Hello and welcome! How are you doing? As always, thank you for reading.
Every now and again I revisit my family tree on Ancestry. An idea will pop into my head as to how I might solve one of the conundrums which then sends me down a rabbit hole searching for clues.
There’s one character, born in the late 1800s, who eludes me. I know from a brief conversation with one of my Mum’s cousins that he lost an arm in a mining accident and was pensioned off at 23. Promises to send me additional documentation never materialised. Further enquiries went unanswered. All approaches to that side of the family (who I’ve never met) hit a brick wall.
This man plays only a bit part and is not related to me but yet he’s a key protagonist in the story.
Rumour has it, according to the one conversation I had with my Mum’s cousin, that he and my Great Grandma became an item. He was 23, she was 42. She went on to have three more children who could have been fathered by the one armed miner. The proof is tenuous. My Great Grandparents living at separate addresses. The miner showing up on a Census first as a ‘lodger’ then, later in 1939, appearing as a resident in his (potential) son’s house.
To further confuse matters my Great Grandfather is cited as the father on the various marriage certificates of the children, even though the birth of one of the daughters coincided with him living with another woman (aka his housekeeper). A later Census indicated that these two had been married for 30 years, an impossibility. In the same Census, my Great Grandma declared herself to be a widow, even though her former husband would live for another 2 years. It might be in black and white but it’s not necessarily true.
The one armed miner first appears in 1901 even though he was, apparently, born 23 years earlier, although the recorded ages are also conflicting. I can find no birth certificate. My best lead is a possible sister. I’ve tracked down her birth certificate and hope it will contain some clues. Until that arrives, the trail has gone cold.
This week’s podcast guest is Nir Bashan. With a background in film and music (he’s worked with people like Rod Stewart and Woody Harrelson), and a passion for helping others improve their lives or business through creativity, he’s recently published a book called The Creator Mindset.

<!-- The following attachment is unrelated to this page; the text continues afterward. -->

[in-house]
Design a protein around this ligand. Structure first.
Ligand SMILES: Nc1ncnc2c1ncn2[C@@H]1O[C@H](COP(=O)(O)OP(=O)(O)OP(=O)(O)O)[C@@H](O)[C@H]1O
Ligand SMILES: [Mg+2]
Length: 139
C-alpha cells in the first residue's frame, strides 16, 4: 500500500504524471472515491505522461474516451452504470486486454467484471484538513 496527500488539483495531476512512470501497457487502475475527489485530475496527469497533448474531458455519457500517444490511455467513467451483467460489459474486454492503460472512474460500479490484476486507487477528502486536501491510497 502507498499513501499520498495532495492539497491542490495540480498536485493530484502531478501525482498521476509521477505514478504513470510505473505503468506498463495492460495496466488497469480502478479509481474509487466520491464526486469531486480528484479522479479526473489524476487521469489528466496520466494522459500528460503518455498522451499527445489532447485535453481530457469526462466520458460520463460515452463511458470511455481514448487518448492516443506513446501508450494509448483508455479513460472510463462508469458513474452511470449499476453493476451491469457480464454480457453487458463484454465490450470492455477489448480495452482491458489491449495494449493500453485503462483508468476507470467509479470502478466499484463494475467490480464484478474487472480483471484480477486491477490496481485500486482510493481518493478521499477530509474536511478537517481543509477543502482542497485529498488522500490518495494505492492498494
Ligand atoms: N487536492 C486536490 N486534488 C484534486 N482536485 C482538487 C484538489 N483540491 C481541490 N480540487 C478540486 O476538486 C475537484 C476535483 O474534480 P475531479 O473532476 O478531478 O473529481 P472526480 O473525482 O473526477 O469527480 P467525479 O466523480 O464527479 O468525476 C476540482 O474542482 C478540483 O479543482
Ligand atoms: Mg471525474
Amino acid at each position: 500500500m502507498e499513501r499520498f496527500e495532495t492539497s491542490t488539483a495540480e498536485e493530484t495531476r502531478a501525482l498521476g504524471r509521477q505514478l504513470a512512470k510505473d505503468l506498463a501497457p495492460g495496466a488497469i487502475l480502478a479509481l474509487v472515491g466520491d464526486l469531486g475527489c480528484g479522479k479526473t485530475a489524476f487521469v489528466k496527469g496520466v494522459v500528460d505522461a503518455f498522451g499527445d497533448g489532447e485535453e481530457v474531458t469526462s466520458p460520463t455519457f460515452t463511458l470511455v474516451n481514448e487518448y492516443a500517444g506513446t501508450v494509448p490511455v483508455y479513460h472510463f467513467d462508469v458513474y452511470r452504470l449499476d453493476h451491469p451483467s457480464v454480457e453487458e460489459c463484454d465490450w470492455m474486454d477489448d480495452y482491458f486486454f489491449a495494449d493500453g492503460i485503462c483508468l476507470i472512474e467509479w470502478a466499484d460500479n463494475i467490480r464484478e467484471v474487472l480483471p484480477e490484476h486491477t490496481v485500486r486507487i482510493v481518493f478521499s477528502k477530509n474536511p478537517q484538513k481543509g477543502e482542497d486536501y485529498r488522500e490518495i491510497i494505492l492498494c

I’ve found it fascinating recording this series of the podcast. All the guests were people I hadn’t met before yet so many of the themes were similar. Most episodes reference storytelling and often the Hero’s Journey, some mention the creative spark or, as I call it, our essence. We talk about the ups and downs of life, and the meaning behind the peaks and troughs. We’re all on different journeys yet there’s a common thread that runs through all our lives.
I’ve just started reading How to Start a Business on your Kitchen Table. As I write this, currently only £1.42 on Kindle, it’s the story of a woman, Shann Nix Jones, who started making goat’s milk kefir in 2014 to find a solution for her son’s eczema and save her husband from an MRSA infection. Now turning over £4.5m and employing 22 staff, the book is a very unconventional take on business.
Shann talks about a values-based approach which revolves around the question what does the world need right now? She talks about morning routines, decluttering, moon phases as well as motivation, the emotional rollercoasters and being adaptable to change.
It’s very different to the conventional wisdom around growing a business and is far more about doing what you love, what you’re good at, and aligned with the direction in which the universe is taking us.
I’m reading it with a notebook to hand so that I can include many of the ideas in my own plans.
Until next time, thank you for reading.
P.S. In case you’re not interested in reading about the move (some of it does get repetitive - we’ve packed more boxes, I’ve been to the charity shop … again, I’ve sold something on Facebook etc), I’m going to give it a section of its own.
The Moving Chronicles
The packing continues. That’s really all I can say about that! Apart from, we’re almost there!
This week I also recycled various laptops, my Dad’s extensive collection of mobile phones (I don’t know why he kept so many), my old Palm Pilots, some random hard drives, plus several external hard drives. I’d purged them all and backed up the data I wanted. Then sent them off for data cleansing and potential re-use.
I also had three big bags of paper collected for shredding. Paperwork going back, in a few cases, to the 1950s! Old bank statements, receipts, and various bills.
It feels great to finally be rid of all of this. I’d tried to shred the vast mountains of paperwork myself but I made very little inroads. It cost £42 to have it professionally shredded. Worth every penny. The computer recycling was free.
We also sold our television and TV stand so are now watching Netflix on a tiny screen. I have a pair of binoculars to hand!
We’re hoping we’re on the final straight but we keep being thrown curve balls. Last week the estate agent said we were almost there. This week, the buyers’ solicitor declared they weren’t ready to exchange and so the dance goes on.
Friday has become my barometer for progress. The weeks whizz by and Friday is here again before I know it. For some reason solicitors don’t seem very active on a Friday and I’ve resigned myself to the fact that if there’s no news by Thursday, we will have to wait for the following week.
We’re still on track with my plan but, as the weeks go by, our potential moving date becomes less practical because of other dependencies such as finding a place to stay. We shall see!